1. Limited time only! Sign up for a free 30min personal tutor trial with Chegg Tutors
    Dismiss Notice
Dismiss Notice
Join Physics Forums Today!
The friendliest, high quality science and math community on the planet! Everyone who loves science is here!

Cartesian product of R^n and R^m

  1. Aug 3, 2010 #1
    This is going to be a weird question, but in textbooks when we're given the two spaces R^n and R^m, and they say something about R^(n+m), then are they referring to ordered pairs of ordered pairs? That is, if x is in R^n and y is in R^m, then R^(n+m) is the set of all ordered pairs (x,y). So for example if n = 1 and m = 2, then all ordered pairs of ordered pairs: (x, (y,z)) where x is in R and (y,z) is in R^2?

    Or do they just mean an (n+m)tuple of real numbers?
     
  2. jcsd
  3. Aug 3, 2010 #2

    Gib Z

    User Avatar
    Homework Helper

    You have to tell by context, if you see [tex]\mathbb{R}^{m+n}[/tex] written without anything else, then you have to assume just a (m+n) tuple of real numbers, but when previously talking about the spaces [tex]\mathbb{R}^n[/tex] and [tex]\mathbb{R}^m[/tex], I'm quite sure they mean the Cartesian product.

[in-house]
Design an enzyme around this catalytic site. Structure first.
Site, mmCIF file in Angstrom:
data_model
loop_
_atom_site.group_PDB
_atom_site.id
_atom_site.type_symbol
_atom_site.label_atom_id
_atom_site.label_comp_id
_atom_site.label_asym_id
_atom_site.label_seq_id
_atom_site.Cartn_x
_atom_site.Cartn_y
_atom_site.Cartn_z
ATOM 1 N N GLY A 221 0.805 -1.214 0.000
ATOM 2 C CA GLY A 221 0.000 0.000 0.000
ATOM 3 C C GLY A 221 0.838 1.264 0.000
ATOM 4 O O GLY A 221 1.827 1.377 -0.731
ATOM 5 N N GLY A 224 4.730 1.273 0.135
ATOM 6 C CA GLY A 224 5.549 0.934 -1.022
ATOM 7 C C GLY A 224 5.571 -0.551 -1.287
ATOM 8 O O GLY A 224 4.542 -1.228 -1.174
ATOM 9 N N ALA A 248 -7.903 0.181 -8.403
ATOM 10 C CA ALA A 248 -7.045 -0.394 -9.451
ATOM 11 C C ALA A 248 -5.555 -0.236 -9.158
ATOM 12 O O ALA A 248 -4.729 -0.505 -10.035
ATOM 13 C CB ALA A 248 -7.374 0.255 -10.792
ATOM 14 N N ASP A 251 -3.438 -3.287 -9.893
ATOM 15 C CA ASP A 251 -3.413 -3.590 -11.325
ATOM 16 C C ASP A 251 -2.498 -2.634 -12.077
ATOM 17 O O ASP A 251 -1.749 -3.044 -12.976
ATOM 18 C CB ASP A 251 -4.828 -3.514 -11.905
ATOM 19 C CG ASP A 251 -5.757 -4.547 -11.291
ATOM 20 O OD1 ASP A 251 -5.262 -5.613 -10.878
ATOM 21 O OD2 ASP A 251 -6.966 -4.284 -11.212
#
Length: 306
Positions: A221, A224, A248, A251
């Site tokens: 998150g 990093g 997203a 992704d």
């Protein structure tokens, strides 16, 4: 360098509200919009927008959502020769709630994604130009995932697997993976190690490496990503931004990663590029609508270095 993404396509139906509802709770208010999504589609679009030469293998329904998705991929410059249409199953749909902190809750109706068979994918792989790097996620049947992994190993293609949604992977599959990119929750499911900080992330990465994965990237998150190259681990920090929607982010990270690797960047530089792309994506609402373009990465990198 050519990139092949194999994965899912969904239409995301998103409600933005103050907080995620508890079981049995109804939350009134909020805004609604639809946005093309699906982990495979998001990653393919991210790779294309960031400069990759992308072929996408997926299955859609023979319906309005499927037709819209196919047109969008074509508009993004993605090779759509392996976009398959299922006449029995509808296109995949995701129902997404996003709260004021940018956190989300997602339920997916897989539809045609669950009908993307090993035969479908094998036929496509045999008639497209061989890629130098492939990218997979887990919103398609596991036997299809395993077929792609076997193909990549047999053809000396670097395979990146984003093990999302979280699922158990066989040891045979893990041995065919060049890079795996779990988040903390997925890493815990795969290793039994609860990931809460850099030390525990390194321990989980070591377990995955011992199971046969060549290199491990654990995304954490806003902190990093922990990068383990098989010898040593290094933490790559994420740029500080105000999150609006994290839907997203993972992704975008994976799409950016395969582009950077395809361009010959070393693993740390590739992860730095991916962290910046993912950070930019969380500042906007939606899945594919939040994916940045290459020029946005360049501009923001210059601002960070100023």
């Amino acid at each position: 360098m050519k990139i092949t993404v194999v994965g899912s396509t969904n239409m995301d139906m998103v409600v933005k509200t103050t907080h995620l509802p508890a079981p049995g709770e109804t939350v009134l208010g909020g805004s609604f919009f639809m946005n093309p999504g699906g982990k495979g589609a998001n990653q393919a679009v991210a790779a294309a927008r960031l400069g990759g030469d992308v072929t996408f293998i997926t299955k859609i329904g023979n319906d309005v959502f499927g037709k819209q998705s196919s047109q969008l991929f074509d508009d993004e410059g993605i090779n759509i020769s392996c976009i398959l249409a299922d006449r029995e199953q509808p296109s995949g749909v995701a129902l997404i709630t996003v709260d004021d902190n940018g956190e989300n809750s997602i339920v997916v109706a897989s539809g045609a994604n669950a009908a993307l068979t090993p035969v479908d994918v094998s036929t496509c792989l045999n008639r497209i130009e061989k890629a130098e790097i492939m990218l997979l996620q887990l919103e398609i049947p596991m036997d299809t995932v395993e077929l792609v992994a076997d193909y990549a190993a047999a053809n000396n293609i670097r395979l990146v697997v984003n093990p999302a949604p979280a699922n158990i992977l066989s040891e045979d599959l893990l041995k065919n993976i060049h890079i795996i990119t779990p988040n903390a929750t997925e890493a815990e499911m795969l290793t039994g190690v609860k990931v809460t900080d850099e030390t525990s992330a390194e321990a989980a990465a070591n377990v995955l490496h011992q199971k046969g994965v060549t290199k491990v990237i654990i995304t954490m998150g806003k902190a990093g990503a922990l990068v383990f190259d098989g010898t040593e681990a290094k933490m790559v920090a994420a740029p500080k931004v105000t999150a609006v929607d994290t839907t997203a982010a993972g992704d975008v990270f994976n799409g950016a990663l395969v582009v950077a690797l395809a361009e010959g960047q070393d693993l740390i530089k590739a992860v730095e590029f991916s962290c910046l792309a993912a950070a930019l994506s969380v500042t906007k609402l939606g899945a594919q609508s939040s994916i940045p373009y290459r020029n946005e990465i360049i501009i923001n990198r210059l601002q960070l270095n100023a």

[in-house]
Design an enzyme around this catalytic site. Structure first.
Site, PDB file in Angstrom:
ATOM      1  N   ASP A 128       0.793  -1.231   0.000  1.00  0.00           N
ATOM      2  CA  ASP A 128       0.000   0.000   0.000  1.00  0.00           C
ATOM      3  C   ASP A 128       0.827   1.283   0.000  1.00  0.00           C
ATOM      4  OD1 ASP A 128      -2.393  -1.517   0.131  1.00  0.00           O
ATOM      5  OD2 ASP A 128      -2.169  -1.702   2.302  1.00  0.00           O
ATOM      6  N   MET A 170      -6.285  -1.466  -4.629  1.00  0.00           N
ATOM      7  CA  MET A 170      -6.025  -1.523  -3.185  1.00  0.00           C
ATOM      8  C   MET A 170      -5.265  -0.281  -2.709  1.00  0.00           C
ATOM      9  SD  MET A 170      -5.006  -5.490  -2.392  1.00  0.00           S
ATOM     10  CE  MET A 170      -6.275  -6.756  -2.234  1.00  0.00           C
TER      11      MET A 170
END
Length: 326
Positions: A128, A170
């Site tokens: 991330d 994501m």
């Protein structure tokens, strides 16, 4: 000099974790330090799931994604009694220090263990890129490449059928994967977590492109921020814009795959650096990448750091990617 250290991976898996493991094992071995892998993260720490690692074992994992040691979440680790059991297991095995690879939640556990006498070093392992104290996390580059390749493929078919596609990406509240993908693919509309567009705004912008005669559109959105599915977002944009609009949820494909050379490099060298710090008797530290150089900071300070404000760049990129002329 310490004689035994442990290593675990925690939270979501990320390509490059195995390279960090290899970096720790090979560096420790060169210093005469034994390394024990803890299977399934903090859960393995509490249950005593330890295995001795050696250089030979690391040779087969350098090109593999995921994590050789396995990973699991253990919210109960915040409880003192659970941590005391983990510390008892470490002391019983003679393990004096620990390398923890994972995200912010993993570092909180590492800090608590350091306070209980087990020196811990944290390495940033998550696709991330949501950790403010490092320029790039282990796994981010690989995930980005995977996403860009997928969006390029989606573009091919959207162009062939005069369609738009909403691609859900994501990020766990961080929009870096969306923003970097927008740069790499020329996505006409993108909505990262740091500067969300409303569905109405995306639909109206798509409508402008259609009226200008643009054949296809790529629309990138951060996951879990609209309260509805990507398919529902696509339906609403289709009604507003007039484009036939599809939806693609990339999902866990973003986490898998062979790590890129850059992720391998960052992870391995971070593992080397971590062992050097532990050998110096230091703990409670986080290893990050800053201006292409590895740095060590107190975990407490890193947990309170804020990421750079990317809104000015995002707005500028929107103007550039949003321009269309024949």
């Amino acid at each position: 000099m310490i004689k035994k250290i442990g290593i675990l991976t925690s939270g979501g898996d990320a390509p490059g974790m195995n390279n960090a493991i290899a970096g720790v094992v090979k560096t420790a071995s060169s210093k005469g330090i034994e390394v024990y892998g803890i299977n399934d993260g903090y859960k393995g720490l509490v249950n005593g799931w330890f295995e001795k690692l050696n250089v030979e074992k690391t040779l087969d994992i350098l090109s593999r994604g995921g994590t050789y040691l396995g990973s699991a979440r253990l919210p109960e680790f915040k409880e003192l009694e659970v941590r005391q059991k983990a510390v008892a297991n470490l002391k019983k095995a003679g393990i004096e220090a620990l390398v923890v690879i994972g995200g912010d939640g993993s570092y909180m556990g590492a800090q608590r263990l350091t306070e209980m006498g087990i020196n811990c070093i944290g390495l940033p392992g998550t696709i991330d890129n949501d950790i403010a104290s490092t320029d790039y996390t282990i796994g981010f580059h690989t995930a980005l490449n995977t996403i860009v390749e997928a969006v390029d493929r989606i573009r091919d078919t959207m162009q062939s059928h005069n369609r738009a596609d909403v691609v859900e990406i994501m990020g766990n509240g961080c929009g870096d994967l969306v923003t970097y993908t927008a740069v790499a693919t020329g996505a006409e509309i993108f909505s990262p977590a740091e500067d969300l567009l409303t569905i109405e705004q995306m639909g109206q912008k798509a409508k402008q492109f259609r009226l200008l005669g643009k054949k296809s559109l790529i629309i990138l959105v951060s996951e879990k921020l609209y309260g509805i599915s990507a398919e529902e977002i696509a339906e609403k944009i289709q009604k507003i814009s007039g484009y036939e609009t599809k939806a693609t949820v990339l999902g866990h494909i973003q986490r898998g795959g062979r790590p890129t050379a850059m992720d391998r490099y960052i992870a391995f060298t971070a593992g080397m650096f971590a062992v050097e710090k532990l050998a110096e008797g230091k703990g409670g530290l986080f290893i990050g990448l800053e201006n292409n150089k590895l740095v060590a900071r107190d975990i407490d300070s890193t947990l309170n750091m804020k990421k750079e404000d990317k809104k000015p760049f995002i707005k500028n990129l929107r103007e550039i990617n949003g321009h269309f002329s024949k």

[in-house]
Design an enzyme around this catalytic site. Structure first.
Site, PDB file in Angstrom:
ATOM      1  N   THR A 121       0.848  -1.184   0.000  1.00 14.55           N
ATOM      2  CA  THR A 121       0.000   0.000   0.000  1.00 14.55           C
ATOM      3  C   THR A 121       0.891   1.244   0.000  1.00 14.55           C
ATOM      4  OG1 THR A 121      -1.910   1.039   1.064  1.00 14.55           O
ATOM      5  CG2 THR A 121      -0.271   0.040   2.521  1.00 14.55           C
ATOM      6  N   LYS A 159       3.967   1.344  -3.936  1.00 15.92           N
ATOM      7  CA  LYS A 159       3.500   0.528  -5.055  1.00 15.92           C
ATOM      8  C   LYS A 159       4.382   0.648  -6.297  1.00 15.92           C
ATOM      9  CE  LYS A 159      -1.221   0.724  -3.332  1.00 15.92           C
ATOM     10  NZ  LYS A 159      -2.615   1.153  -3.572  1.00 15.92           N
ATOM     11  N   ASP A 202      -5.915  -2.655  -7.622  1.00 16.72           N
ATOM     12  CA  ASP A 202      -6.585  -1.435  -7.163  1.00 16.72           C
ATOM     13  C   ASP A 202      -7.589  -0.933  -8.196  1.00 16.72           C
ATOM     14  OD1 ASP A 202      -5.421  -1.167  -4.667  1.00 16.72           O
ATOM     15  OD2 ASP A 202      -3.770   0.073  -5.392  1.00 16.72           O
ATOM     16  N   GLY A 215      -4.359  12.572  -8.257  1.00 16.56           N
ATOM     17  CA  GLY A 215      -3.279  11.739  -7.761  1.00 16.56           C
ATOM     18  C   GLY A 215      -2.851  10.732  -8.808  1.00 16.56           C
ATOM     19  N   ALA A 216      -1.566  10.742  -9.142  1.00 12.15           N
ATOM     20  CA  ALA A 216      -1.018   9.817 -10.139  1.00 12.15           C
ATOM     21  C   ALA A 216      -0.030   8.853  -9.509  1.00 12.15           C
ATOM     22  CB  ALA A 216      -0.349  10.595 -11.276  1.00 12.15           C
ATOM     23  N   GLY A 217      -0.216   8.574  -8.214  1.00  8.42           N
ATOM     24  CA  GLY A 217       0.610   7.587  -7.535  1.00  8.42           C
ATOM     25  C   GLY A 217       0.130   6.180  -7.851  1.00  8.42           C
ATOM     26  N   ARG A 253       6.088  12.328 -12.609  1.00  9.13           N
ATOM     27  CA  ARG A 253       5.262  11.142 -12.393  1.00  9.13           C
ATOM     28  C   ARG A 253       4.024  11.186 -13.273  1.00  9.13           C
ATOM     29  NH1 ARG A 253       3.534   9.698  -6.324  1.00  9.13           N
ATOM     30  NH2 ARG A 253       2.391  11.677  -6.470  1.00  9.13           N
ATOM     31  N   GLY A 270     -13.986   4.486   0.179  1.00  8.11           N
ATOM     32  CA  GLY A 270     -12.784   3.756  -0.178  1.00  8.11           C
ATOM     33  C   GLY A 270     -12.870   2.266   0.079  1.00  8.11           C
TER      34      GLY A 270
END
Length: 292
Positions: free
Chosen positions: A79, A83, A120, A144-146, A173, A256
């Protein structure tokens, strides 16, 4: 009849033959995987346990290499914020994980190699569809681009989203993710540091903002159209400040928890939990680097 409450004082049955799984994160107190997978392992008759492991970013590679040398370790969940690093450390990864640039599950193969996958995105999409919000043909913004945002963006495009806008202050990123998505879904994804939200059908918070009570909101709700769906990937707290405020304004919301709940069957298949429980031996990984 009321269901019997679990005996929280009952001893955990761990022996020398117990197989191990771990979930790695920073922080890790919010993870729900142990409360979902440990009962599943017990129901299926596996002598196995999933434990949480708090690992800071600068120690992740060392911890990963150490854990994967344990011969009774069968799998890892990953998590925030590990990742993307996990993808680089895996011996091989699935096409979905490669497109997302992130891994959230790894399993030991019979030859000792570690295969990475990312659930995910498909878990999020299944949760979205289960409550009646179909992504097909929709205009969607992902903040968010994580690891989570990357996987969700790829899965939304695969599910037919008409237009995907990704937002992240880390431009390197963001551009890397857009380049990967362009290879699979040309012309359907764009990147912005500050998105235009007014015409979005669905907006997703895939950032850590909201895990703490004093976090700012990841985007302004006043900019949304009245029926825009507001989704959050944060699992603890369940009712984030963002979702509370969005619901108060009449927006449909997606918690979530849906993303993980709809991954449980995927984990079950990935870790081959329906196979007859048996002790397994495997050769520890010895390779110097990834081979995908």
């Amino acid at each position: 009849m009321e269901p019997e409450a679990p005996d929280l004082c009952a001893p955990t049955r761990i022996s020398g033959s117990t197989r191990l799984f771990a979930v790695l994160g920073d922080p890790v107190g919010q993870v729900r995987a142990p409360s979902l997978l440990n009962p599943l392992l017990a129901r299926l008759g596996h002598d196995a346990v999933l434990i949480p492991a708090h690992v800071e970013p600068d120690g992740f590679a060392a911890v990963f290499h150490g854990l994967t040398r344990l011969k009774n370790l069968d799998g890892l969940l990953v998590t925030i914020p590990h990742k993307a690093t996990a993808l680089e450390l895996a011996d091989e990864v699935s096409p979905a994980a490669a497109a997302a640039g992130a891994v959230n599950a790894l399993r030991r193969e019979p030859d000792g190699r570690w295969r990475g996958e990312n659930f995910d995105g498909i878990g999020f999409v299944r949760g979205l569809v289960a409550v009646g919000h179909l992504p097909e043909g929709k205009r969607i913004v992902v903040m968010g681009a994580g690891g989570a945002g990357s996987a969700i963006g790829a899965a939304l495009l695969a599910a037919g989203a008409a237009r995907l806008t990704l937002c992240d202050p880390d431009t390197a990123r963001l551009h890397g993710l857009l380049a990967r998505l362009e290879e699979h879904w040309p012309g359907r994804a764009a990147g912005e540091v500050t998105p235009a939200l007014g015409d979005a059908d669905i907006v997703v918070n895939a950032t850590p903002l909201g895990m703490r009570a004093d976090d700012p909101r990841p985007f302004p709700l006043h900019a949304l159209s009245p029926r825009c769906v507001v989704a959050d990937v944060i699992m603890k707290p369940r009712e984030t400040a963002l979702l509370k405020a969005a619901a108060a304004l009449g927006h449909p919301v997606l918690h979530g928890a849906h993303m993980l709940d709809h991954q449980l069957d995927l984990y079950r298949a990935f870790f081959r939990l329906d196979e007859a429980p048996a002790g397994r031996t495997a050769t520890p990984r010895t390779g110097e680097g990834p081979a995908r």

4. Aug 3, 2010 #3

    HallsofIvy

    User Avatar
    Science Advisor

    Note that if a= (x, y, z) and b= (u, v, w) then (a, b)= ((x, y, z), (u, v, w)) is equivalent to (x, y, z, u, v, w). If you have addition, scalar multiplication, etc. for Rm and Rn then the two spaces, RnXRm and Rm+ n, are also isomorphic.
     
  5. Aug 3, 2010 #4
    I was asked to prove that if M is a k-manifold without boundary in [tex] R^m [/tex], and if N is an l-manifold in [tex] R^n [/tex], then M * N is a (k+l)-manifold in [tex] R^{m+n} [/tex].

    I'm guessing then they are talking about an m+n tuple of real numbers?
     
  6. Aug 4, 2010 #5

    HallsofIvy

    User Avatar
    Science Advisor

    Yes, that's what we are saying.
     
Share this great discussion with others via Reddit, Google+, Twitter, or Facebook